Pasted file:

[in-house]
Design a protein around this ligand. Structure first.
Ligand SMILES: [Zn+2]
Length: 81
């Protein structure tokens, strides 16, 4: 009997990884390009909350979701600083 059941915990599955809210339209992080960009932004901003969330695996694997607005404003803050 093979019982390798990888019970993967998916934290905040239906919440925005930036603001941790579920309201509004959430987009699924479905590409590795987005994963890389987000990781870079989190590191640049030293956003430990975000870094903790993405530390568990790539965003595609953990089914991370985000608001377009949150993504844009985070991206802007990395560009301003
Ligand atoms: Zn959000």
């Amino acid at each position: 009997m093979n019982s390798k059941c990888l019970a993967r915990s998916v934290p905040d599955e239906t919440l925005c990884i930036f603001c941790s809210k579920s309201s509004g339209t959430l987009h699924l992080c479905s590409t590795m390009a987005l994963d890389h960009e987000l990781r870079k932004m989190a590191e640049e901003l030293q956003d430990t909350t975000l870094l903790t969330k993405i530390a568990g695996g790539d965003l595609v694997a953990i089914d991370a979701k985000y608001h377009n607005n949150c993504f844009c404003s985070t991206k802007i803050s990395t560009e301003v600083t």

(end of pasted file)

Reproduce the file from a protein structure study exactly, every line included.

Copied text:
[in-house]
Design a protein around this ligand. Structure first.
Ligand SMILES: [Zn+2]
Length: 81
């Protein structure tokens, strides 16, 4: 009997990884390009909350979701600083 059941915990599955809210339209992080960009932004901003969330695996694997607005404003803050 093979019982390798990888019970993967998916934290905040239906919440925005930036603001941790579920309201509004959430987009699924479905590409590795987005994963890389987000990781870079989190590191640049030293956003430990975000870094903790993405530390568990790539965003595609953990089914991370985000608001377009949150993504844009985070991206802007990395560009301003
Ligand atoms: Zn959000």
């Amino acid at each position: 009997m093979n019982s390798k059941c990888l019970a993967r915990s998916v934290p905040d599955e239906t919440l925005c990884i930036f603001c941790s809210k579920s309201s509004g339209t959430l987009h699924l992080c479905s590409t590795m390009a987005l994963d890389h960009e987000l990781r870079k932004m989190a590191e640049e901003l030293q956003d430990t909350t975000l870094l903790t969330k993405i530390a568990g695996g790539d965003l595609v694997a953990i089914d991370a979701k985000y608001h377009n607005n949150c993504f844009c404003s985070t991206k802007i803050s990395t560009e301003v600083t």